Aquaculture conversion has worst impact on mangrove carbon stocks

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Aquaculture conversion of Indonesian mangrove forests has the largest impact on the ecosystems’ carbon sequestration abilities, removing 60% of soil carbon stocks and 85% of biomass carbon, compared to forest harvesting practices which removed most biomass carbon with minimal impacts on soil stocks. The study, published in Global Change Biology, analysed land-use and land-cover change (LULCC) over a 25-year period and compared carbon stocks between undisturbed forest and areas that had undergone LULCC.

Mangroves left to regenerate recovered previous carbon levels after 25 years. LULCC characteristics need to be incorporated in emission-reduction strategies involving mangrove restoration, the authors said.

Mangroves act as nurseries and feeding grounds for many aquatic and terrestrial species and stabilise shorelines against flooding and extreme weather. They are also excellent carbon sinks, particularly within their soils, and have been found to have greater carbon sequestration potential than terrestrial rainforest per hectare.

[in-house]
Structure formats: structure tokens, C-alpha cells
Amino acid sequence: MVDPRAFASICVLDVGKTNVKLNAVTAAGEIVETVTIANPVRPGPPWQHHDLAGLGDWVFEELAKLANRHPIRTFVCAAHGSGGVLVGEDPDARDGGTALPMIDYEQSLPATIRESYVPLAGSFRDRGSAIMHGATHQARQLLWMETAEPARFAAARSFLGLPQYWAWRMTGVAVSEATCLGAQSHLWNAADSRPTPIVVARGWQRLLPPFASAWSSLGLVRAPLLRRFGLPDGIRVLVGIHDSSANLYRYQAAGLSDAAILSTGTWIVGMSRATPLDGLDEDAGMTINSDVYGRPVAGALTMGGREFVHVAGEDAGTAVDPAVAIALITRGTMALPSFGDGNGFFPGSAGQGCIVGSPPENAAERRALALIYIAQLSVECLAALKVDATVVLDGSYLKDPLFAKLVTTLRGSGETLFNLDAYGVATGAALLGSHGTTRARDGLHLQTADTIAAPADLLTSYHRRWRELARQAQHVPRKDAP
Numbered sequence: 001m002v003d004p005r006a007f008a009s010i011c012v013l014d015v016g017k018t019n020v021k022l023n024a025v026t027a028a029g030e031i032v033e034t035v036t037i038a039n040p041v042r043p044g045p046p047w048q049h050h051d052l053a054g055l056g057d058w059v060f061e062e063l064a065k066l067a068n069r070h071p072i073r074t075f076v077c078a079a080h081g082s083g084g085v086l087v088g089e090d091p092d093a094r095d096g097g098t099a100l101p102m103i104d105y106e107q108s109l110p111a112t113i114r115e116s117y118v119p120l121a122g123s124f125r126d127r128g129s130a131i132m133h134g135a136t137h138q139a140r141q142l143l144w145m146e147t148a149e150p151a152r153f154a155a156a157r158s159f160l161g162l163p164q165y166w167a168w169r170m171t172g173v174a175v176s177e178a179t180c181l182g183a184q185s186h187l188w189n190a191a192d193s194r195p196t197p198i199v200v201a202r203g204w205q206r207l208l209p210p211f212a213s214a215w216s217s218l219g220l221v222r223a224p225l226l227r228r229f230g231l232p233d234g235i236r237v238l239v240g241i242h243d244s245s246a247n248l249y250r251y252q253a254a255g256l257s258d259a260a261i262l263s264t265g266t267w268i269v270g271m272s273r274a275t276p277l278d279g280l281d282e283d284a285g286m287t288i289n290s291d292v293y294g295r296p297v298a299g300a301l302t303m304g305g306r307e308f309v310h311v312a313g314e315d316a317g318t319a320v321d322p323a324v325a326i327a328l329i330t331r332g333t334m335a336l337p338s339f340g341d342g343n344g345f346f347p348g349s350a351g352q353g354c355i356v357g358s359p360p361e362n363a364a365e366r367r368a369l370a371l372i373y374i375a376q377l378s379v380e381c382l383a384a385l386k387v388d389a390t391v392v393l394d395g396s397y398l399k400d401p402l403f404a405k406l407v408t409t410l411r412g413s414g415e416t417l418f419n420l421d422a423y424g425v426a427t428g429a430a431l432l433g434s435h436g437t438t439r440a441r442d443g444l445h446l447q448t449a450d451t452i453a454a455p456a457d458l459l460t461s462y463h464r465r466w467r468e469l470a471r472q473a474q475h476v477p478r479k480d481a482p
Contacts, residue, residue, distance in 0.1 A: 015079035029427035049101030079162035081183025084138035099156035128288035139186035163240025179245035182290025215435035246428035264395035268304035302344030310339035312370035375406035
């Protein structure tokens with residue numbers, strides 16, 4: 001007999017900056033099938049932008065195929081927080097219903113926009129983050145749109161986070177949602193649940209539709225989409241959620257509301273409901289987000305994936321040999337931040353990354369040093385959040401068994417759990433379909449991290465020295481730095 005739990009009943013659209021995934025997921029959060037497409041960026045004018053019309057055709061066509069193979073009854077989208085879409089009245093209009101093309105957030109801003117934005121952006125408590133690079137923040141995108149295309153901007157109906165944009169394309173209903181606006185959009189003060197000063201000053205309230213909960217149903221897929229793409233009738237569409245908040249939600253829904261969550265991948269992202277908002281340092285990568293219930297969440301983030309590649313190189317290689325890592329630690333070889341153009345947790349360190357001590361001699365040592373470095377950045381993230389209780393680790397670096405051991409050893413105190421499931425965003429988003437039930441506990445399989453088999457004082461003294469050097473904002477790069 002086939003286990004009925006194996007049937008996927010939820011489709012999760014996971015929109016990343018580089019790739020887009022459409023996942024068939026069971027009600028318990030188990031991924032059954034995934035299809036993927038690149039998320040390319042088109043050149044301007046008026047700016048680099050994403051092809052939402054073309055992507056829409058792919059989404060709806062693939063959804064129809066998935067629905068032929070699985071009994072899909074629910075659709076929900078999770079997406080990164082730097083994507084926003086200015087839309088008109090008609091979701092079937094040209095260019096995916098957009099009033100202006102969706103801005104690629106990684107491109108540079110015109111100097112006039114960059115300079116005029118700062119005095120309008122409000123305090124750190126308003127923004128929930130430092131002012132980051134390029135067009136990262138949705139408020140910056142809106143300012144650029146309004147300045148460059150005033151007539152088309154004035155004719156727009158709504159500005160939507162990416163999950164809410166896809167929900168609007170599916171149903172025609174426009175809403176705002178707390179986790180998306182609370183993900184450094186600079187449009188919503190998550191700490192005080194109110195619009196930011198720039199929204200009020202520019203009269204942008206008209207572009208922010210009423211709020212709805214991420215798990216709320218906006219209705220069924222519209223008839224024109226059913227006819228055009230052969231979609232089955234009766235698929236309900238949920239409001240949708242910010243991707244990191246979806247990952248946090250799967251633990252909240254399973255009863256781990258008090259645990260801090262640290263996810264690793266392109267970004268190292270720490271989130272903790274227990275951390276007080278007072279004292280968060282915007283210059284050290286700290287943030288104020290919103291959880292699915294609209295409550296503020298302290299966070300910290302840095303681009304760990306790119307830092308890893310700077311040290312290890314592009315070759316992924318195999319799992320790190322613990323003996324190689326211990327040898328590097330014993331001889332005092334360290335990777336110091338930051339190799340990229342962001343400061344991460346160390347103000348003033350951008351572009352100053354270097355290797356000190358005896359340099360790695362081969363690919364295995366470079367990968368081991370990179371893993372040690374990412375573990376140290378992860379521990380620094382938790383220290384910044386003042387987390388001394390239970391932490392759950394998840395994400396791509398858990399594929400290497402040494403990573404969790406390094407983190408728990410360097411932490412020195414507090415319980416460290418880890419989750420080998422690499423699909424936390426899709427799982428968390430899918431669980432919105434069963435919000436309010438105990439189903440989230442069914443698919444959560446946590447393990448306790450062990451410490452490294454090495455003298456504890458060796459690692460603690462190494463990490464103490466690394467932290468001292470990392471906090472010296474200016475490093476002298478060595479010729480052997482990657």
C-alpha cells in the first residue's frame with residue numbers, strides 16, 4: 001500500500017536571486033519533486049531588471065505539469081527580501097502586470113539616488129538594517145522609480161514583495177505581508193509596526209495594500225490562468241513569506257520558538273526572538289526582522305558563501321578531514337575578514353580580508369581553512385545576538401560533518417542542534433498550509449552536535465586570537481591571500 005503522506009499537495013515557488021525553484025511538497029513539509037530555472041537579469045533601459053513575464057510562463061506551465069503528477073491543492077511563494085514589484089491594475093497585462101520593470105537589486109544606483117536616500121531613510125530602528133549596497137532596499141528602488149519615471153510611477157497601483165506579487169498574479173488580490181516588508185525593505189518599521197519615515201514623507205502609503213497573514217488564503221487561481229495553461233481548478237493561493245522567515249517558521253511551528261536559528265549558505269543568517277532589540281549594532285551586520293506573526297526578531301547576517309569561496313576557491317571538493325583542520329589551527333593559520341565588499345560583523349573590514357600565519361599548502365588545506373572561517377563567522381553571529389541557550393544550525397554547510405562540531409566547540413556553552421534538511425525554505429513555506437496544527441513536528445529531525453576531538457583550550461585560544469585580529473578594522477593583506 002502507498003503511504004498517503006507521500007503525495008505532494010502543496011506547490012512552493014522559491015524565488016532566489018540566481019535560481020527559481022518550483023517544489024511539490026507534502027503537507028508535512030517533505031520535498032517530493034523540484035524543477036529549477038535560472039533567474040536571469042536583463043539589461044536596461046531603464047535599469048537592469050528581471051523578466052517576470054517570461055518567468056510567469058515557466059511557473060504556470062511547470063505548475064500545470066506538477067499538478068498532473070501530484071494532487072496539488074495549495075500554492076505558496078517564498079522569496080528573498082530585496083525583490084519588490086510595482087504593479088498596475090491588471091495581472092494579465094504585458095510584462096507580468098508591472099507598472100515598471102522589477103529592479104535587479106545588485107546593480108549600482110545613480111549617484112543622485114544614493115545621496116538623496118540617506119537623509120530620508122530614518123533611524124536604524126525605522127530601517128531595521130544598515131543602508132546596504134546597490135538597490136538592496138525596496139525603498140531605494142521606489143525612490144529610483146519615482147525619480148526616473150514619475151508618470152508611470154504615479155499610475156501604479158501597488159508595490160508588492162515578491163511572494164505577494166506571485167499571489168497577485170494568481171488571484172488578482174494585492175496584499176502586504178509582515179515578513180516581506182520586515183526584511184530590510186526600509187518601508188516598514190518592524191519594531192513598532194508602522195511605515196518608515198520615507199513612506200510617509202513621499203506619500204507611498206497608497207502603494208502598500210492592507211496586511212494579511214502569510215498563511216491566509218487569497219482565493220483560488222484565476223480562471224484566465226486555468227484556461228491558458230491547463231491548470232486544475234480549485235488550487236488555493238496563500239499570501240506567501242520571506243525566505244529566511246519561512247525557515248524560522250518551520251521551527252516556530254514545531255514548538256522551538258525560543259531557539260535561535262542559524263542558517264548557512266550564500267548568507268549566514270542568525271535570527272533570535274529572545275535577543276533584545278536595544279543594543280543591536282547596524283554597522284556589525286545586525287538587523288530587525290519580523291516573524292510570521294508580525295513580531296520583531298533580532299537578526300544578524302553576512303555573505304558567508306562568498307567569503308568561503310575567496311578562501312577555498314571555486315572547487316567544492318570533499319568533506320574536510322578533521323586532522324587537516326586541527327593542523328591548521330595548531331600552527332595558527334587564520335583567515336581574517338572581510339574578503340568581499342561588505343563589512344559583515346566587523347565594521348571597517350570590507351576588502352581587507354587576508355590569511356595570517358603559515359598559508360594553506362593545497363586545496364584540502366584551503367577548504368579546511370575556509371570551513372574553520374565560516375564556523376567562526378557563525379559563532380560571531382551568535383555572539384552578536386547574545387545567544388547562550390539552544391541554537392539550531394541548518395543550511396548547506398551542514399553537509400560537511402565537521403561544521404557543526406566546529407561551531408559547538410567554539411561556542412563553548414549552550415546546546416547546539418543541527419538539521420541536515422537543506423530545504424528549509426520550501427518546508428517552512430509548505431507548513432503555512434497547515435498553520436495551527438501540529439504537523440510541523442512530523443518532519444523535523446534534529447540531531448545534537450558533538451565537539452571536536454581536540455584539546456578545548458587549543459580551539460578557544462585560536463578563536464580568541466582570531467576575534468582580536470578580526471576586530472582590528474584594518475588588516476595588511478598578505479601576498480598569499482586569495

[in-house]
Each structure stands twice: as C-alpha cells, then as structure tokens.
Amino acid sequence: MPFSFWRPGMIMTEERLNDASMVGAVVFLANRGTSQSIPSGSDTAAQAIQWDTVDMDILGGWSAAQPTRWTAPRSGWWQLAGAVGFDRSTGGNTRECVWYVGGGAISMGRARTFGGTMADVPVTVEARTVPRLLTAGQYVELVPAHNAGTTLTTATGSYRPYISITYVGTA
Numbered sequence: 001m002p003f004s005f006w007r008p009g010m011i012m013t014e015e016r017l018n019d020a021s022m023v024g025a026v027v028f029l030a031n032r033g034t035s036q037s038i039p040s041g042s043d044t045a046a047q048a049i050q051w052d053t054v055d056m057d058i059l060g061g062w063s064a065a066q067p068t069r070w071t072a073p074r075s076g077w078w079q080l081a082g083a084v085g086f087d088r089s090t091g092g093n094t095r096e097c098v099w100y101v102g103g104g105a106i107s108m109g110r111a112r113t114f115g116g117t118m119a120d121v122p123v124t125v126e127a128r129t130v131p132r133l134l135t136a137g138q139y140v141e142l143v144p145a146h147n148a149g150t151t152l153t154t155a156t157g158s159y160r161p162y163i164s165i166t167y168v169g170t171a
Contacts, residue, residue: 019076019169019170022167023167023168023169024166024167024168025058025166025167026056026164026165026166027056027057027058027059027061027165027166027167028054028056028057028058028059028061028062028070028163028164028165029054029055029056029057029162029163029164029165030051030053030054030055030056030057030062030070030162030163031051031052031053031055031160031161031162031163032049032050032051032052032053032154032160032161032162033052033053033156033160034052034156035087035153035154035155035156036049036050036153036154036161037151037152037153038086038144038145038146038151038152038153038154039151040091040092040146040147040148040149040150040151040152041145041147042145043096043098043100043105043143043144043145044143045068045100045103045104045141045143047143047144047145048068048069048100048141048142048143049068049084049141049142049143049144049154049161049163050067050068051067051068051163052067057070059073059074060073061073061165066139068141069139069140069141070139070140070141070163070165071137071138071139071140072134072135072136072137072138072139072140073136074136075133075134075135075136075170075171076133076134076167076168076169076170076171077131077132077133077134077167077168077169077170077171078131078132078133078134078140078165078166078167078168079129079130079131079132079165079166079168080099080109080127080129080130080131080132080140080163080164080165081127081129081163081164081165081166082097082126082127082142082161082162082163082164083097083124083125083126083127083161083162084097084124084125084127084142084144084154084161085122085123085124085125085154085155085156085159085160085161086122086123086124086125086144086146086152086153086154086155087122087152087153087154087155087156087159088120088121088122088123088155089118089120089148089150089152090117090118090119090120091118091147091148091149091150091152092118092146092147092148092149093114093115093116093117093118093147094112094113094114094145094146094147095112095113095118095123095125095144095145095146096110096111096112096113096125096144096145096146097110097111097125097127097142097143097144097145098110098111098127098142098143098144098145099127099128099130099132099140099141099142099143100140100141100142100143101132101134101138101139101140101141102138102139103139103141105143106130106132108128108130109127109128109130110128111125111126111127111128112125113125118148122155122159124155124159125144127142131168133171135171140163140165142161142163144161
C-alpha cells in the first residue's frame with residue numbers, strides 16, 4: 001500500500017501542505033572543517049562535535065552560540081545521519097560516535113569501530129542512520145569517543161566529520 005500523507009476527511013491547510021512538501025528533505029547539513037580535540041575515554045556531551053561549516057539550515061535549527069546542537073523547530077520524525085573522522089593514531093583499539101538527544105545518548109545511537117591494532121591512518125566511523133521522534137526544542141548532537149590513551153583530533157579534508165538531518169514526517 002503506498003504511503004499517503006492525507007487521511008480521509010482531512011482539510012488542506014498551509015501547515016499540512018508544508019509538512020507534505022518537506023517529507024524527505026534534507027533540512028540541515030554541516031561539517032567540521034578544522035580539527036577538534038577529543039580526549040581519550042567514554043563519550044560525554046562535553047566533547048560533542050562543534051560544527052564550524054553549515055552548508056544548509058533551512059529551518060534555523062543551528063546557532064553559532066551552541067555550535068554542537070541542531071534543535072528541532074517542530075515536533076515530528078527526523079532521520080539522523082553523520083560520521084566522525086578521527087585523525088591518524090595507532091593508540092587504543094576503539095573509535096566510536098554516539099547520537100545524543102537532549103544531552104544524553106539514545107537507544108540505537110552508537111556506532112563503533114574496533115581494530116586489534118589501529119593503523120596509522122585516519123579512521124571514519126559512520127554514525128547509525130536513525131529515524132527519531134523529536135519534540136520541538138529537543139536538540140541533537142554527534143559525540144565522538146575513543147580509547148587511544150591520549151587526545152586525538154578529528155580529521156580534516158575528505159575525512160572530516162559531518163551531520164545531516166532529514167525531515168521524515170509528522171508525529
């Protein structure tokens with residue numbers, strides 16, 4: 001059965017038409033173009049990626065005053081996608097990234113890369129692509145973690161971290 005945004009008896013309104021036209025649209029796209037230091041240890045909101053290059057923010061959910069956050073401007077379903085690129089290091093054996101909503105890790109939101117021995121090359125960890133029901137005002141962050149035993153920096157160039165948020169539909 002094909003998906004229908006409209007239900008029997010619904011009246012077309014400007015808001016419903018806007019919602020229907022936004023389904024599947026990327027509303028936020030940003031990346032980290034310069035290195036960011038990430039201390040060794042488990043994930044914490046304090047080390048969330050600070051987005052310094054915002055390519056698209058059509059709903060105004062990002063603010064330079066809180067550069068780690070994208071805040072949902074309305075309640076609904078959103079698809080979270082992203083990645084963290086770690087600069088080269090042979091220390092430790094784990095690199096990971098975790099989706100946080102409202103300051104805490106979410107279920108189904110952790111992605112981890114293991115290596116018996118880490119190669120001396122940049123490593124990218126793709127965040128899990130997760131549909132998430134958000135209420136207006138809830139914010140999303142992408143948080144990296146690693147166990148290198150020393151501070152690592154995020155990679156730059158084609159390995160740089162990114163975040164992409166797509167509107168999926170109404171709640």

Mangroves, therefore, represent an excellent nature-based solution for tackling climate change and offsetting emissions.

Carbon sequestration in mangroves involves many uncertainties, such as variability between species or the impact of methane emissions on net carbon stocks, and a limited number of studies have fully considered the different factors involved. This makes it difficult to accurately valorise mangrove restoration initiatives.

This study adds new information regarding the impact of LULCC on blue carbon stocks in mangrove forests; the location of carbon-rich mangroves within blue mangrove forests; the level of carbon losses from different economic activities; and a timeframe for mangrove regeneration. All of this can inform mangrove conservation decision-making.

Corporates should be mindful that offsetting does not fully consider the complex carbon flows within marine ecosystems and the potential for LULCC to erase carbon savings. Mangrove restoration is not a “quick win” but something that requires long-term attention to achieve consolidated results.

Payments-for-ecosystems and carbon resilience payments, whereby coastal communities are incentivised to conserve mangrove forests, may represent a more sustainable form of corporate action, delegating mangrove guardianship to local stakeholders through a multi-factor approach.

Source: Global Change Biology